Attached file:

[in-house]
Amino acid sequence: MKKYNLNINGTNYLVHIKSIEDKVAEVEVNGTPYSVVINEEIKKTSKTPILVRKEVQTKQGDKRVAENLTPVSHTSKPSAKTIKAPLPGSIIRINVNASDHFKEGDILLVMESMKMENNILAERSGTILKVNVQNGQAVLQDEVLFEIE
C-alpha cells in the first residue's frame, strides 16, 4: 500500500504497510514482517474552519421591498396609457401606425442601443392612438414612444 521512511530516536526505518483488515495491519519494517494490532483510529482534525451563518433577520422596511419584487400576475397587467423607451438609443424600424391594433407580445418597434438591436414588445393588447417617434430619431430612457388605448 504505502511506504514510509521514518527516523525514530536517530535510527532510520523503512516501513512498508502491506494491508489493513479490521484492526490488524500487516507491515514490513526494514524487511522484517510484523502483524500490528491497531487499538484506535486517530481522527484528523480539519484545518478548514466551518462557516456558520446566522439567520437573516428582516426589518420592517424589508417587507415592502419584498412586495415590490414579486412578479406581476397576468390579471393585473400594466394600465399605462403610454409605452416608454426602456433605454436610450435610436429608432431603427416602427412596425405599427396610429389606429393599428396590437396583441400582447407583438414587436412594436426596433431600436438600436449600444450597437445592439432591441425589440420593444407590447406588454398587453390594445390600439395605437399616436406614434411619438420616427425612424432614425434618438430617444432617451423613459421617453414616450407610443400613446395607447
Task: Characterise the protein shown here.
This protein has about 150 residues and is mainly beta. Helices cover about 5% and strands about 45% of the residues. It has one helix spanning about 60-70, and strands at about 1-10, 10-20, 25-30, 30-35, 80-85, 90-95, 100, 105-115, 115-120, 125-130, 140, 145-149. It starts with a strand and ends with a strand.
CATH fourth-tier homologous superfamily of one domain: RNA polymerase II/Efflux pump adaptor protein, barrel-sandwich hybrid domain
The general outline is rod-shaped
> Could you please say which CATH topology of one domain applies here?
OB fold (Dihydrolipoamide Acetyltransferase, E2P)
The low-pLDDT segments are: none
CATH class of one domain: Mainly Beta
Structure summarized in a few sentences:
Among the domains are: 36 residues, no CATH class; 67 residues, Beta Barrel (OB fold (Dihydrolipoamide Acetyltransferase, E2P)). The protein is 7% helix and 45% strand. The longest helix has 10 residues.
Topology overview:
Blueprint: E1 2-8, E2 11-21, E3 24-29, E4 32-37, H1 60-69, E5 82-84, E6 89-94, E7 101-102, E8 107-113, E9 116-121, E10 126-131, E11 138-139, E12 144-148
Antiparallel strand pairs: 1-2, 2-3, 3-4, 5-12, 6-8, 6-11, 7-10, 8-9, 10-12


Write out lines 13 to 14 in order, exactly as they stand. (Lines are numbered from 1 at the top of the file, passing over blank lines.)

Among the domains are: 36 residues, no CATH class; 67 residues, Beta Barrel (OB fold (Dihydrolipoamide Acetyltransferase, E2P)). The protein is 7% helix and 45% strand. The longest helix has 10 residues.
Topology overview: